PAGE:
Hi Marc, Michael,
Calm it down a bit.
Marc A. Lehmann wrote:
> On Tue, Sep 16, 2003 at 10:33:39AM -0500, "Michael J. Hammel" <[EMAIL PROTECTED]>
> Obviously I did my homework better than you for example. No, I don't hate
> boards. I hate people who argue unfarily (like you, this is not the first
> ad hominem argument). Can't you just keep to non-personal arguments?
I think that you're probably more guilty of going ad hominem in
here Marc. That said, both of ye are going to wake the children.
> > No one is going to get the "rights" to the code if its under the GPL.
> It's called "copyright", and the GPL is based on it. Please do a little
> research on that topic and you'll see that you are wrong.
It was made clear at camp that many coders weren't prepared to
hand over copyright, no-one can force them to, I wouldn't ask
them to. And having a steering committee or a board or whatever
you want to call it wouldn't change that.
> > This sounds like FUD.
> Yes, because you don't understand the GPL and how it works, it seems.
> Also, it's not me who is constantly spreading FUD here, but you :(
Actually, it did sound like fud. The implication was "Board =>
you sign over copyright on your code". This is not the case.
You now seem to be saying "Board + GPL => you sign over your
copyright", and that's incorrect too. Perhaps I'm
misunderstanding you though.
> Well, you are mixing up "board", "foundation", "central authority" all the
> time. It's difficult to argue with somebody who constantly changes his
> propositions. "central authority" is quite a different concept as "board"
> is, for example.
Actually, Michale seems to be implying that a board/steering
committee would be a central authority and a face on the project.
I think this is correct. You are saying that this type of central
authority might not be desirable. I think you're probably right
too, certainly with respect to several of the current developers.
For me, foundation and board are the same thing - the foundation
is the organisation, the board are its elected representatives.
That board can have as much or as little responsibility as its
members decide. It can also evolve to fill needs as they arise.
That is why we decided to create the gimp foundation and elect a
board (as a public face to the gimp), while at the same time
having rules sufficiently wide that the board could eventually,
if it were felt reasonable, be a steering committee for the
project, or ake release schedules, etc. But that was not the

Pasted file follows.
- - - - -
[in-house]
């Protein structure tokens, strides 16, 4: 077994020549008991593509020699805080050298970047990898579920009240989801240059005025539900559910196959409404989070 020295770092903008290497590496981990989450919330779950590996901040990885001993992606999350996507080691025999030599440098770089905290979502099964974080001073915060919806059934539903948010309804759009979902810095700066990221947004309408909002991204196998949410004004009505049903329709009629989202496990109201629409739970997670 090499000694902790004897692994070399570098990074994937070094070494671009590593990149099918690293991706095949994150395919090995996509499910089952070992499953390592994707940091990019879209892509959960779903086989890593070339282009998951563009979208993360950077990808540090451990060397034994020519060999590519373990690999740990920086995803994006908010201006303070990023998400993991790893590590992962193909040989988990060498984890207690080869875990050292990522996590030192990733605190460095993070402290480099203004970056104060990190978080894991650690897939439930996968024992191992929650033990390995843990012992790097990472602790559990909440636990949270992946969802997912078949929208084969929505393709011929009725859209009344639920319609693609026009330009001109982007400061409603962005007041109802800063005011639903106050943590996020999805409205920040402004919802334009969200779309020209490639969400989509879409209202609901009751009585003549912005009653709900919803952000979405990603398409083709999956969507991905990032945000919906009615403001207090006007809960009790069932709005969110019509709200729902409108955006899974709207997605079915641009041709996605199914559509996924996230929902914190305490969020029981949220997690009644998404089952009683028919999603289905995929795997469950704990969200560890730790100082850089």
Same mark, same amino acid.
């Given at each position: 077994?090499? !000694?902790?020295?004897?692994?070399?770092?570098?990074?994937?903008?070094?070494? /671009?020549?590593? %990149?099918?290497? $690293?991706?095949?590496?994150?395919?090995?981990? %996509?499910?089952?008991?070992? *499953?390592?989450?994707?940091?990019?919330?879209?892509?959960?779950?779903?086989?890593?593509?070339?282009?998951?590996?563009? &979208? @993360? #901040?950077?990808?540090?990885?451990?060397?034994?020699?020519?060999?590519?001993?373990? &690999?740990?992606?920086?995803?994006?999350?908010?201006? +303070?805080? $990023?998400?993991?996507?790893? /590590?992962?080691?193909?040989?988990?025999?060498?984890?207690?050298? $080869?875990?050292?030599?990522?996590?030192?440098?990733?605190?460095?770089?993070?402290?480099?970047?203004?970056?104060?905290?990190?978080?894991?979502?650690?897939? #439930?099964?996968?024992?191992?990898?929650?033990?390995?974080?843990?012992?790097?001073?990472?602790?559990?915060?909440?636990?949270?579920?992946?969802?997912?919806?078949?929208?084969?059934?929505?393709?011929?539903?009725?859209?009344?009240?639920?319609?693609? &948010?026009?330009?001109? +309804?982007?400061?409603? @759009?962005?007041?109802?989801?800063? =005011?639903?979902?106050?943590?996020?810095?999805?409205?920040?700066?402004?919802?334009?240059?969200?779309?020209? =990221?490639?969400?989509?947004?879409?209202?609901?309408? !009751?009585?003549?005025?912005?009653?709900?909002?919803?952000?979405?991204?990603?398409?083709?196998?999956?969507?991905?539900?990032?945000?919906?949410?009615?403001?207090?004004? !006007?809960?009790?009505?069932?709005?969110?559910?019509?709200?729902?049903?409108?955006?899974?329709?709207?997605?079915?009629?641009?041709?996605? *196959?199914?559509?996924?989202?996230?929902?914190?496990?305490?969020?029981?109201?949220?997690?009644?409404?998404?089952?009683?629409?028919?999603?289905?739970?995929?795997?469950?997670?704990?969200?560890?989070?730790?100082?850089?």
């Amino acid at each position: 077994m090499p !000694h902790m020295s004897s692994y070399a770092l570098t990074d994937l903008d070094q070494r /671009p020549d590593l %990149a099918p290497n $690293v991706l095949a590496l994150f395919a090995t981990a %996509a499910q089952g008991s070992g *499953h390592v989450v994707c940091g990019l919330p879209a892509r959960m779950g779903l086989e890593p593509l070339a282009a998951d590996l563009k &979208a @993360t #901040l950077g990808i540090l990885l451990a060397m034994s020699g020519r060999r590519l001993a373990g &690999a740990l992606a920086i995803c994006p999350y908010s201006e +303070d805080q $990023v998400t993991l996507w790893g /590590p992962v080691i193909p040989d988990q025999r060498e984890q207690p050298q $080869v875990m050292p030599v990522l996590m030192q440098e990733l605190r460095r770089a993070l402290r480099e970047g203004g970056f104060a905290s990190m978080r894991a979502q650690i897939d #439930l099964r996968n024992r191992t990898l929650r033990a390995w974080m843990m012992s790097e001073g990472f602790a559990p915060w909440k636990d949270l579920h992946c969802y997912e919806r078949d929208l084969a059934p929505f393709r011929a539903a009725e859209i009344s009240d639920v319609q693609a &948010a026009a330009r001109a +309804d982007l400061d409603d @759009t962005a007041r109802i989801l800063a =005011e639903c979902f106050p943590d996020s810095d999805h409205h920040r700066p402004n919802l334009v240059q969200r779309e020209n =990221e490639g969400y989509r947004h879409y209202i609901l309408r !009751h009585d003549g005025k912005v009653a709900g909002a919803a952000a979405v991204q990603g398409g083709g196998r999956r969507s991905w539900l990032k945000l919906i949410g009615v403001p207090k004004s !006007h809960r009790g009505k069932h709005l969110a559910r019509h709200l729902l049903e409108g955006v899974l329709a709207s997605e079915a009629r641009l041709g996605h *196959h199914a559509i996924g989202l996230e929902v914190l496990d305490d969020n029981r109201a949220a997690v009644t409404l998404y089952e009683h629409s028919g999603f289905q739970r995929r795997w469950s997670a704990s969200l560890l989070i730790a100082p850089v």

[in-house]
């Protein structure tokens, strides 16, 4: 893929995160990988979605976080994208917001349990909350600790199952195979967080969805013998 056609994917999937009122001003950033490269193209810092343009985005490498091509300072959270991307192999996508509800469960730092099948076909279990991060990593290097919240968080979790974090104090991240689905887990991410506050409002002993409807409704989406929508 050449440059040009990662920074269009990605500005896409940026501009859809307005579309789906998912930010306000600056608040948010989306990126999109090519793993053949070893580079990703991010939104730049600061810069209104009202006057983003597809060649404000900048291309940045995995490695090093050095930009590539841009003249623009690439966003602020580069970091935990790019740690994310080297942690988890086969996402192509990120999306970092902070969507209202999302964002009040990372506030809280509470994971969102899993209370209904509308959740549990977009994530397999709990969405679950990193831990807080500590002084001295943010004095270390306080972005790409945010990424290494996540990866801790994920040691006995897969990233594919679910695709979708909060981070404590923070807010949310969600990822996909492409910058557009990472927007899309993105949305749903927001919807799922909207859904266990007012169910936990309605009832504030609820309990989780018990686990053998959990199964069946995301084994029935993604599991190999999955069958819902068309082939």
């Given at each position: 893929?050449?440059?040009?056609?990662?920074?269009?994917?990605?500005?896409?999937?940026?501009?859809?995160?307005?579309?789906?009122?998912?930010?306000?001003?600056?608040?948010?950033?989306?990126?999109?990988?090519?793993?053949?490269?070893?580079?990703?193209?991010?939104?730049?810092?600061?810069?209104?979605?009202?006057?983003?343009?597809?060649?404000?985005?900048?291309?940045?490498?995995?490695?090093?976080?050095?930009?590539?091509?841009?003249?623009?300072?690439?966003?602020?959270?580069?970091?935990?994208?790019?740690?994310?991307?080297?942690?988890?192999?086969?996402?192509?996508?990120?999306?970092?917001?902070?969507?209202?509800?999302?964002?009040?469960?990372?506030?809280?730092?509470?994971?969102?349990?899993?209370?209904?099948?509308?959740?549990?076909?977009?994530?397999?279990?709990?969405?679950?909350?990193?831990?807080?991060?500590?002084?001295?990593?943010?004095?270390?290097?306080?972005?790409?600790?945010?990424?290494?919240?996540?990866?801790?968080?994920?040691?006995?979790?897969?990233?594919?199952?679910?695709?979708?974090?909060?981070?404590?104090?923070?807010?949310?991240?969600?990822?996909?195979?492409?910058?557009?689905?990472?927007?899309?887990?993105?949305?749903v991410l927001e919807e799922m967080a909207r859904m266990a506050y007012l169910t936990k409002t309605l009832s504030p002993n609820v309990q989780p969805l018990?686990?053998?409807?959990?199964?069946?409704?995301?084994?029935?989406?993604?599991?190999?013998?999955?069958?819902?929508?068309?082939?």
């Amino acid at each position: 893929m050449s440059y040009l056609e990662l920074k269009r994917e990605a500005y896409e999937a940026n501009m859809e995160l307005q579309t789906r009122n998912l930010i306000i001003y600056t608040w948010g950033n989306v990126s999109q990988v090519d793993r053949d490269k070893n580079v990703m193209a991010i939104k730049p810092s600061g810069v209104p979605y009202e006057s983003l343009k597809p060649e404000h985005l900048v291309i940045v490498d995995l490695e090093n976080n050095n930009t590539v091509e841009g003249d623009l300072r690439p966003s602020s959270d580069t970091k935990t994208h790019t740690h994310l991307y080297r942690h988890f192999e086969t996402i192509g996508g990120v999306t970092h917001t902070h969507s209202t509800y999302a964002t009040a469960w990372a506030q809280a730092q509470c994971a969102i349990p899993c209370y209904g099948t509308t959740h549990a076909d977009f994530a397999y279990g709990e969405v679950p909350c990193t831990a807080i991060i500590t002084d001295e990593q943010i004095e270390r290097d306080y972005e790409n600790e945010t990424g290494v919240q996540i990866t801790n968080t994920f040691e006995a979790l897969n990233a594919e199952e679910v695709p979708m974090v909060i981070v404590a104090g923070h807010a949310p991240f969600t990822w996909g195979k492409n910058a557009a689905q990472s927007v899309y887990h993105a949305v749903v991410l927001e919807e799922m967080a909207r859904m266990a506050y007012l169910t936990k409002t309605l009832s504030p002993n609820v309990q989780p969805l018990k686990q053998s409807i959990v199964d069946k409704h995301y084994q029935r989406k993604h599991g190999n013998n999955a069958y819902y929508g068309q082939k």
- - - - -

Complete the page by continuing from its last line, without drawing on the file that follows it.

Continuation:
intention when creating the foundation, and any such change would
probably need to be debated at a conference. I'll bring the
> > By lighting the fire of interest in the non-technical community that
> > often sparks motivation and interest in the project itself.
> Well, at least in the case of the gimp, interest is extremely high in the
> non-technical community, in case you missed that. And again: how does
> that help the developers?
As you said earlier, Marc, XFree is losing developers, and new
ones aren't coming in. I think that a few of the ideas we had at
camp which are now being put in place will help with that, but we
also need more people involved in the project. More non-technical
people means more time for the technical people to do other
stuff. It also means more future technical people, as the
non-techs start working and get a bit braver :)
> Well, that works fine. Remember the big discussion about the 2.0 version
> number exactly because directions and plans on development _have_ been
> known outside the dveeloper community?
Actually, most of that discussion stayed inside the developer
community. The fact that there was a fight was bigger news than
the version change itself.
> This is exactly what is wrong about the idea. A foundation (like the
> one that is planned), as a mere instrument to collect money, maybe do
> publicity or similar tasks, is quite fine.
> It's when people want to take the power away from the developers where I
> say no.
A steering committee (which is what we all seem to be talking
about, albeit with different names) is usually developer driven.
It would not make sense to have it any other way, as you rightly
If we look at gnome, there are several committees - the
foundation board, the release team, the web team, the i18n
project, the bugsquad, all of whom have their own domain of
knowledge and competency The foundation board benefits developers
by keeping all the organisational crap out of their way, the
release team by creating and sticking to a release schedule, and
forcing all the sub-projects to do the same, and so on.
In each of these teams, people come and go, but the team goes on.
That's the benefit of a team. Perhaps if the GIMP oriented itself a
little more towards this idea of sub-teams with responsibility,
we would not have so much reliance on one or two core
individuals. And perhaps that would benefit the developers.
E-Mail: [EMAIL PROTECTED]
Gimp-user mailing list